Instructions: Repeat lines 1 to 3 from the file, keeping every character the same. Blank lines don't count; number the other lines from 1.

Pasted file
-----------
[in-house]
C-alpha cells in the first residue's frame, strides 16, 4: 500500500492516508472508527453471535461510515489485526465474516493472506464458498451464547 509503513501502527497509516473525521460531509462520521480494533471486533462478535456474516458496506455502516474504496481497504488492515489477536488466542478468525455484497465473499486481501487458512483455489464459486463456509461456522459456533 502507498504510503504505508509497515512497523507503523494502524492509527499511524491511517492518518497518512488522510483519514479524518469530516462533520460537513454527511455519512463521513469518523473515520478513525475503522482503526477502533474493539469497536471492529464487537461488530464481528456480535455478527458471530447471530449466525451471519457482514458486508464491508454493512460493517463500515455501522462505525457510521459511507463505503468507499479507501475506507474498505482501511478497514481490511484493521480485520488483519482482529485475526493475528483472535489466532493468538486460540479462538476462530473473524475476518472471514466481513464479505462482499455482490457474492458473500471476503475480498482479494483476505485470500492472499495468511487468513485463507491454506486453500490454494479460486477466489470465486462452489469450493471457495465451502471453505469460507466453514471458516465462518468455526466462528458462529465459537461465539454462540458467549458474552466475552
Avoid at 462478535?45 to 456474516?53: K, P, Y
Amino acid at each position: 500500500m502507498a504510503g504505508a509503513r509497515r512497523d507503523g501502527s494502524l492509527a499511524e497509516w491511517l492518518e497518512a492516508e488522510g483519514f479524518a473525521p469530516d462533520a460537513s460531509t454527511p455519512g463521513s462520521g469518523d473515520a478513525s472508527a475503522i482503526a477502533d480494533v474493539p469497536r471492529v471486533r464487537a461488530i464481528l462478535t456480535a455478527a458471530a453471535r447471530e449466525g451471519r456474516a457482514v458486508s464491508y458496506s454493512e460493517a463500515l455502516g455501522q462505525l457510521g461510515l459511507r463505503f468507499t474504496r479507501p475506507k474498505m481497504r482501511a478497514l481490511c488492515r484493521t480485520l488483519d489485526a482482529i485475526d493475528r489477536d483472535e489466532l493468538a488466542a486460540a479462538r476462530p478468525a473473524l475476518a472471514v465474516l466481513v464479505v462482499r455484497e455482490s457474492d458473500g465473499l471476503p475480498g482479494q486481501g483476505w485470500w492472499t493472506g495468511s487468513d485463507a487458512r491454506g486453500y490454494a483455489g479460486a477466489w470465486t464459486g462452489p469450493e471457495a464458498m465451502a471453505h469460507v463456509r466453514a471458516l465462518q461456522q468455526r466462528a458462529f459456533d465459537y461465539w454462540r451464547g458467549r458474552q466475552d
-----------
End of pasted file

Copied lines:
[in-house]
C-alpha cells in the first residue's frame, strides 16, 4: 500500500492516508472508527453471535461510515489485526465474516493472506464458498451464547 509503513501502527497509516473525521460531509462520521480494533471486533462478535456474516458496506455502516474504496481497504488492515489477536488466542478468525455484497465473499486481501487458512483455489464459486463456509461456522459456533 502507498504510503504505508509497515512497523507503523494502524492509527499511524491511517492518518497518512488522510483519514479524518469530516462533520460537513454527511455519512463521513469518523473515520478513525475503522482503526477502533474493539469497536471492529464487537461488530464481528456480535455478527458471530447471530449466525451471519457482514458486508464491508454493512460493517463500515455501522462505525457510521459511507463505503468507499479507501475506507474498505482501511478497514481490511484493521480485520488483519482482529485475526493475528483472535489466532493468538486460540479462538476462530473473524475476518472471514466481513464479505462482499455482490457474492458473500471476503475480498482479494483476505485470500492472499495468511487468513485463507491454506486453500490454494479460486477466489470465486462452489469450493471457495465451502471453505469460507466453514471458516465462518468455526466462528458462529465459537461465539454462540458467549458474552466475552
Avoid at 462478535?45 to 456474516?53: K, P, Y